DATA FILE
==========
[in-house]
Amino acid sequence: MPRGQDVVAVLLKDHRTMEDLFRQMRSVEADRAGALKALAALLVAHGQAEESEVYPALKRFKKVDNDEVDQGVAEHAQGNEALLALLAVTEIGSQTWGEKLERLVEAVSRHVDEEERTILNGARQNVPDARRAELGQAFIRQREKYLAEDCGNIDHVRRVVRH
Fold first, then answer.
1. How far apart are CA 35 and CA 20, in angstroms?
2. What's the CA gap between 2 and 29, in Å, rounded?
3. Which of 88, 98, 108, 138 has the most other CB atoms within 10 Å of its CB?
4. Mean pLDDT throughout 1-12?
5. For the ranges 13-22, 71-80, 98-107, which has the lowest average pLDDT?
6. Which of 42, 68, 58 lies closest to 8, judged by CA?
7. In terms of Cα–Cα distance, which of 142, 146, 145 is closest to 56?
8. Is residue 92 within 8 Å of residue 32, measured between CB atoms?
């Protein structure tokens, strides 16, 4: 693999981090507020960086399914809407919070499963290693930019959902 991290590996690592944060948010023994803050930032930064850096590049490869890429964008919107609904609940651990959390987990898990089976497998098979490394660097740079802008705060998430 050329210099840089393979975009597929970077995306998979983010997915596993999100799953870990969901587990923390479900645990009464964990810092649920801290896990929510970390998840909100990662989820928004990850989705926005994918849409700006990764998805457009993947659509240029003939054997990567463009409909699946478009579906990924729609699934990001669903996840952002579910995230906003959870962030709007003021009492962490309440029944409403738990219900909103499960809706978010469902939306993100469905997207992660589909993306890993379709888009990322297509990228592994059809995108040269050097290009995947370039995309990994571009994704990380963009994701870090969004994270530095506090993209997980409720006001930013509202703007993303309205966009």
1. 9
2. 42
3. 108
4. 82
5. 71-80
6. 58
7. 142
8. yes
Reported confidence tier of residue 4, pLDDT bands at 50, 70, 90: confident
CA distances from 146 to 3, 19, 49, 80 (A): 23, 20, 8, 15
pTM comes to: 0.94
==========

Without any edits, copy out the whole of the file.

[in-house]
Amino acid sequence: MPRGQDVVAVLLKDHRTMEDLFRQMRSVEADRAGALKALAALLVAHGQAEESEVYPALKRFKKVDNDEVDQGVAEHAQGNEALLALLAVTEIGSQTWGEKLERLVEAVSRHVDEEERTILNGARQNVPDARRAELGQAFIRQREKYLAEDCGNIDHVRRVVRH
Fold first, then answer.
1. How far apart are CA 35 and CA 20, in angstroms?
2. What's the CA gap between 2 and 29, in Å, rounded?
3. Which of 88, 98, 108, 138 has the most other CB atoms within 10 Å of its CB?
4. Mean pLDDT throughout 1-12?
5. For the ranges 13-22, 71-80, 98-107, which has the lowest average pLDDT?
6. Which of 42, 68, 58 lies closest to 8, judged by CA?
7. In terms of Cα–Cα distance, which of 142, 146, 145 is closest to 56?
8. Is residue 92 within 8 Å of residue 32, measured between CB atoms?
């Protein structure tokens, strides 16, 4: 693999981090507020960086399914809407919070499963290693930019959902 991290590996690592944060948010023994803050930032930064850096590049490869890429964008919107609904609940651990959390987990898990089976497998098979490394660097740079802008705060998430 050329210099840089393979975009597929970077995306998979983010997915596993999100799953870990969901587990923390479900645990009464964990810092649920801290896990929510970390998840909100990662989820928004990850989705926005994918849409700006990764998805457009993947659509240029003939054997990567463009409909699946478009579906990924729609699934990001669903996840952002579910995230906003959870962030709007003021009492962490309440029944409403738990219900909103499960809706978010469902939306993100469905997207992660589909993306890993379709888009990322297509990228592994059809995108040269050097290009995947370039995309990994571009994704990380963009994701870090969004994270530095506090993209997980409720006001930013509202703007993303309205966009």
1. 9
2. 42
3. 108
4. 82
5. 71-80
6. 58
7. 142
8. yes
Reported confidence tier of residue 4, pLDDT bands at 50, 70, 90: confident
CA distances from 146 to 3, 19, 49, 80 (A): 23, 20, 8, 15
pTM comes to: 0.94